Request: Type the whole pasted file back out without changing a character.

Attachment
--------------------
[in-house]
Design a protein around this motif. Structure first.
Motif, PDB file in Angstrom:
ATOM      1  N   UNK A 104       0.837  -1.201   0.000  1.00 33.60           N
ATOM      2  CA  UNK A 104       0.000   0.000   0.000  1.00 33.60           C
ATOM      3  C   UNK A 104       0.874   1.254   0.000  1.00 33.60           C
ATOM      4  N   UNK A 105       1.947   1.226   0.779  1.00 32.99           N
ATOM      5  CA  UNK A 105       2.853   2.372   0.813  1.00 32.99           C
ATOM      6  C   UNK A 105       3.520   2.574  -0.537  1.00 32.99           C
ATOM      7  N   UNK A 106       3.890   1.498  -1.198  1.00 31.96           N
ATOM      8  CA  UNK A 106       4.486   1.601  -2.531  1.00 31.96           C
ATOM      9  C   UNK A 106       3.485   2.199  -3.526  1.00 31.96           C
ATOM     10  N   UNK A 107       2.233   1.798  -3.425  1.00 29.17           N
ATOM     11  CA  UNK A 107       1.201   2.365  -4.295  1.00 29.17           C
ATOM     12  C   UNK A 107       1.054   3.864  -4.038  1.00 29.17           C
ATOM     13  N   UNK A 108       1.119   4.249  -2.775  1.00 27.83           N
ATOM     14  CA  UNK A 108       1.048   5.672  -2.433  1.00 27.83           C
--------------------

[in-house]
Design a protein around this motif. Structure first.
Motif, PDB file in Angstrom:
ATOM      1  N   UNK A 104       0.837  -1.201   0.000  1.00 33.60           N
ATOM      2  CA  UNK A 104       0.000   0.000   0.000  1.00 33.60           C
ATOM      3  C   UNK A 104       0.874   1.254   0.000  1.00 33.60           C
ATOM      4  N   UNK A 105       1.947   1.226   0.779  1.00 32.99           N
ATOM      5  CA  UNK A 105       2.853   2.372   0.813  1.00 32.99           C
ATOM      6  C   UNK A 105       3.520   2.574  -0.537  1.00 32.99           C
ATOM      7  N   UNK A 106       3.890   1.498  -1.198  1.00 31.96           N
ATOM      8  CA  UNK A 106       4.486   1.601  -2.531  1.00 31.96           C
ATOM      9  C   UNK A 106       3.485   2.199  -3.526  1.00 31.96           C
ATOM     10  N   UNK A 107       2.233   1.798  -3.425  1.00 29.17           N
ATOM     11  CA  UNK A 107       1.201   2.365  -4.295  1.00 29.17           C
ATOM     12  C   UNK A 107       1.054   3.864  -4.038  1.00 29.17           C
ATOM     13  N   UNK A 108       1.119   4.249  -2.775  1.00 27.83           N
ATOM     14  CA  UNK A 108       1.048   5.672  -2.433  1.00 27.83           C